Feds Step In After School Refuses Autism Service Dog
After almost three years, an Oregon school district has agreed to allow a 10-year-old with autism to bring his service dog to class following a meeting with Justice Department officials.
Jordan “Scooter” Givens’ parents requested that his trained German shepherd, Madison, be allowed to attend school with the boy nearly three years ago. They said the dog would help the boy remain calm and minimize behavior problems by intervening if Givens began acting aggressively.
But officials from the Hillsboro School District, located outside Portland, Ore., refused, arguing that the dog was not necessary.
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The Givens family subsequently worked with an attorney at Disability Rights Oregon to file a federal civil rights complaint.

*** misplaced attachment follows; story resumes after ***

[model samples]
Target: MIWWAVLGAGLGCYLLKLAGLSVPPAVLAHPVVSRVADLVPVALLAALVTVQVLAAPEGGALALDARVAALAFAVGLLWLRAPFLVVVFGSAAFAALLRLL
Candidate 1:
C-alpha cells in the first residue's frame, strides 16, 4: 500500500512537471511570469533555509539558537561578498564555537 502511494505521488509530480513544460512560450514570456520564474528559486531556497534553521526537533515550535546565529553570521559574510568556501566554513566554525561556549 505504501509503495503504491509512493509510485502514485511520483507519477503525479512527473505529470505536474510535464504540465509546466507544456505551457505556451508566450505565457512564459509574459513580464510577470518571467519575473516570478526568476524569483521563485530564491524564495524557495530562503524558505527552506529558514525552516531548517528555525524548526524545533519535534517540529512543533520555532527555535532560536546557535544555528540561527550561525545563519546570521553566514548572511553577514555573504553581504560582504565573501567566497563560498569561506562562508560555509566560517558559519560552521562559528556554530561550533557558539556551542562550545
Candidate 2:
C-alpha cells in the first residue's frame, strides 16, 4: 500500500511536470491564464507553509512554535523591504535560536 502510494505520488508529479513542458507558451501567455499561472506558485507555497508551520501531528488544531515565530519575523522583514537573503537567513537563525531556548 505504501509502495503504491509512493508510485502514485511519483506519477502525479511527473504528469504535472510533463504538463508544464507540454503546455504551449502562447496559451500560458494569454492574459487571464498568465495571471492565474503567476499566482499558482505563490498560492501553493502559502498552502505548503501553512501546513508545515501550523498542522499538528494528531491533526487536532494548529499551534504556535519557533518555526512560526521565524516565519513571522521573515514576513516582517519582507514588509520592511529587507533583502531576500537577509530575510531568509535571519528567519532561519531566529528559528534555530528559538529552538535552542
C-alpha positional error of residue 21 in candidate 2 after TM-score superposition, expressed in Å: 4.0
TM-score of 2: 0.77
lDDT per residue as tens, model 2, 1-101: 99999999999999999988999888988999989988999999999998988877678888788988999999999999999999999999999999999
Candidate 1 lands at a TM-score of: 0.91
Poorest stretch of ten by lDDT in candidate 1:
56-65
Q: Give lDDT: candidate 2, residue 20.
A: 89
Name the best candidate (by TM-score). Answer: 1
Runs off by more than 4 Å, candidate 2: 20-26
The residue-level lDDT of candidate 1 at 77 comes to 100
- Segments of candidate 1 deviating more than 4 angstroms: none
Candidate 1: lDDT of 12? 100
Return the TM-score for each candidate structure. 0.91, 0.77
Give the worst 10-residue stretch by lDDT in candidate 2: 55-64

Now, after meeting with two Justice Department officials, the school district is reversing course, offering to allow the dog to attend school on a trial basis.
“Service animals assist students with disabilities across the United States every day of the school year without incident,” said Thomas E. Perez, assistant attorney general for civil rights. “Fears, generalizations and stereotypes are simply insufficient to deny access to a student’s service dog.”
Details of the trial period have yet to be worked out.
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